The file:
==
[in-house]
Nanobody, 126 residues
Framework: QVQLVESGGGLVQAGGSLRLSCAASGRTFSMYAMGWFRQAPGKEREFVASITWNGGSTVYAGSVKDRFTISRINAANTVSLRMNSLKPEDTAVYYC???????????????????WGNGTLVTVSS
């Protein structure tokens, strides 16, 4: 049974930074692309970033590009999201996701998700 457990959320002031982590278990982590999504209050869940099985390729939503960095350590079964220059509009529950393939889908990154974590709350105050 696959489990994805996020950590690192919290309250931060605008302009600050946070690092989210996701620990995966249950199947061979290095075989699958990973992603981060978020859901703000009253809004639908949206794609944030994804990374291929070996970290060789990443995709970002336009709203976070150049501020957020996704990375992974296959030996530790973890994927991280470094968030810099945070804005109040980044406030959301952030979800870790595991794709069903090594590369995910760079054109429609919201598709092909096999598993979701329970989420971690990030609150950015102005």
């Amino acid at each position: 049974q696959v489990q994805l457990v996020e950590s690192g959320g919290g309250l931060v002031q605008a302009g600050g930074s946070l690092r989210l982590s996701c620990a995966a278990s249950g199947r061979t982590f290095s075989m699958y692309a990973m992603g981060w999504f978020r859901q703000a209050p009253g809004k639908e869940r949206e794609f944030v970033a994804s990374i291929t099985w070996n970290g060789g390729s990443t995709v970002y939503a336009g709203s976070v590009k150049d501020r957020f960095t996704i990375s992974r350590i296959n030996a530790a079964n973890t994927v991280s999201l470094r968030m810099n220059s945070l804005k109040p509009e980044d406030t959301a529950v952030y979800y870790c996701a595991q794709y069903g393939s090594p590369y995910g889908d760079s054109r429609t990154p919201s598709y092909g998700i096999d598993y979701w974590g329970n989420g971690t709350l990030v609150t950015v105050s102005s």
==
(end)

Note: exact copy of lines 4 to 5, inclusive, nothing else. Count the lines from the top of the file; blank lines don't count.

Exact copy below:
């Protein structure tokens, strides 16, 4: 049974930074692309970033590009999201996701998700 457990959320002031982590278990982590999504209050869940099985390729939503960095350590079964220059509009529950393939889908990154974590709350105050 696959489990994805996020950590690192919290309250931060605008302009600050946070690092989210996701620990995966249950199947061979290095075989699958990973992603981060978020859901703000009253809004639908949206794609944030994804990374291929070996970290060789990443995709970002336009709203976070150049501020957020996704990375992974296959030996530790973890994927991280470094968030810099945070804005109040980044406030959301952030979800870790595991794709069903090594590369995910760079054109429609919201598709092909096999598993979701329970989420971690990030609150950015102005």
């Amino acid at each position: 049974q696959v489990q994805l457990v996020e950590s690192g959320g919290g309250l931060v002031q605008a302009g600050g930074s946070l690092r989210l982590s996701c620990a995966a278990s249950g199947r061979t982590f290095s075989m699958y692309a990973m992603g981060w999504f978020r859901q703000a209050p009253g809004k639908e869940r949206e794609f944030v970033a994804s990374i291929t099985w070996n970290g060789g390729s990443t995709v970002y939503a336009g709203s976070v590009k150049d501020r957020f960095t996704i990375s992974r350590i296959n030996a530790a079964n973890t994927v991280s999201l470094r968030m810099n220059s945070l804005k109040p509009e980044d406030t959301a529950v952030y979800y870790c996701a595991q794709y069903g393939s090594p590369y995910g889908d760079s054109r429609t990154p919201s598709y092909g998700i096999d598993y979701w974590g329970n989420g971690t709350l990030v609150t950015v105050s102005s």